Takes into account the model complexity when calculating the error. It’s a major field of ML research, but we are going to focus on L1 and L2 regularization.

## L2 vs L1 Regularization

L1, and L2 regularization are so called parameter norm penalties. They both aim to penalize the loss function by introducing coefficients with different properties. Intuitively, L1 has the *influence* of pushing weights towards 0 and L2 does not.

The **L1 Regularization**, aims to penalize the loss function by adding the absolute value of the magnitude of the coefficient. This is useful for dropping poor features, which makes the model sparser. It helps reduce the feature space, an in turn improves the efficiency of the model. L1 regularization is also called *Lasso Regression*, which is an acronym for (*L)east (A)bsolute (S)hrinkage and (S)election (O)perator*.

The **L2 Regularization**, also called Ridge Regression aims to keep weight values smaller by adding the squared magnitude of the coefficient as the penalty term to the loss function. This will not reduce the feature space the same way as L1, however L2 can preserve features and accuracy, for an overall better estimator.

The difference between the L1 and L2 regularization is easily observed in their mathematical definitions, i.e.:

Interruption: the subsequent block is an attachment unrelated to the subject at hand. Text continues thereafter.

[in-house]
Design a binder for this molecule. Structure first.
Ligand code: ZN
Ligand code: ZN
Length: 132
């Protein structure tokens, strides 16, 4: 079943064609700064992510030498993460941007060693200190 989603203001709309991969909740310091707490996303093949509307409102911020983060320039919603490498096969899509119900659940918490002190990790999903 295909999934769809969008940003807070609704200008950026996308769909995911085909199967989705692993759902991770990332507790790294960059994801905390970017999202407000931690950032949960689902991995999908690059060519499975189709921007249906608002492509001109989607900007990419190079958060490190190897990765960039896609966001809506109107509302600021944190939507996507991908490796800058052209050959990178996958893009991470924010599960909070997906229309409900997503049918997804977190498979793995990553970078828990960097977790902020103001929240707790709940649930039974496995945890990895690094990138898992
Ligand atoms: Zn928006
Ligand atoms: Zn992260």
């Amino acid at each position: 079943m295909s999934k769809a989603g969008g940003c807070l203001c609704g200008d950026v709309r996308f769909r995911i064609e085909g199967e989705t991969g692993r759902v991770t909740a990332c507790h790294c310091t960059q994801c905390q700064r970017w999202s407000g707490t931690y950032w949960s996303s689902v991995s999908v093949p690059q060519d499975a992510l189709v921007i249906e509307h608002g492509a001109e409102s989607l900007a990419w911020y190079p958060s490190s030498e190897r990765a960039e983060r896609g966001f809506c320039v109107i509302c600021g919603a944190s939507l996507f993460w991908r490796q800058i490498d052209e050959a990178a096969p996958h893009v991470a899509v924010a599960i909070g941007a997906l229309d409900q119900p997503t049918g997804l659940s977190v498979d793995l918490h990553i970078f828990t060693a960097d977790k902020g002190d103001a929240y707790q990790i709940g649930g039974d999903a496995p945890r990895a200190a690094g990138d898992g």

L1:

L2:

The optimal L1, and L2, is found by searching for a point in the validation loss function to obtain the lowest value. Near the minimum, any less regularization may increase your variance and starts overfitting. As opposed to this, more regularization will increase bias and starts underfitting, which hurts the model accuracy.

Effects of zeroing coefficients using L1:

Action | Impact |

Fewer coefficients to load/store | Reduce memory, model size |

Fewer multiplications needed | Increase prediction speed |

For reference, this is a great introduction to help explain L1 vs. L2 Regularization in more detail.

## Early Stopping

Combine early stopping with L1 and L2 regularization, to find the best trade-off for model performance.

See more: https://cloud.google.com/bigquery-ml/docs/preventing-overfitting

## Dropout Layers

By dropping certain unit activations / nodes between layers during training (only during training!), one can achieve a similar exercise as ensemble models (e.g. random forests, XGBoost and so on), meaning that the model will test out different paths. This is helpful to figure out which nodes or features that are less or more relevant for the output of the model.

The more you dropout, the stronger the Regularization! One can think of dropout ratios, i.e. within a range of 0 to 1, which determines the relative number of nodes to drop out. In other words, a dropout of 0 means no values will be dropped out (i.e. no regularization), and a value of 1 means everything will be dropped out. To achieve a good balance, a typical dropout is around 0.2.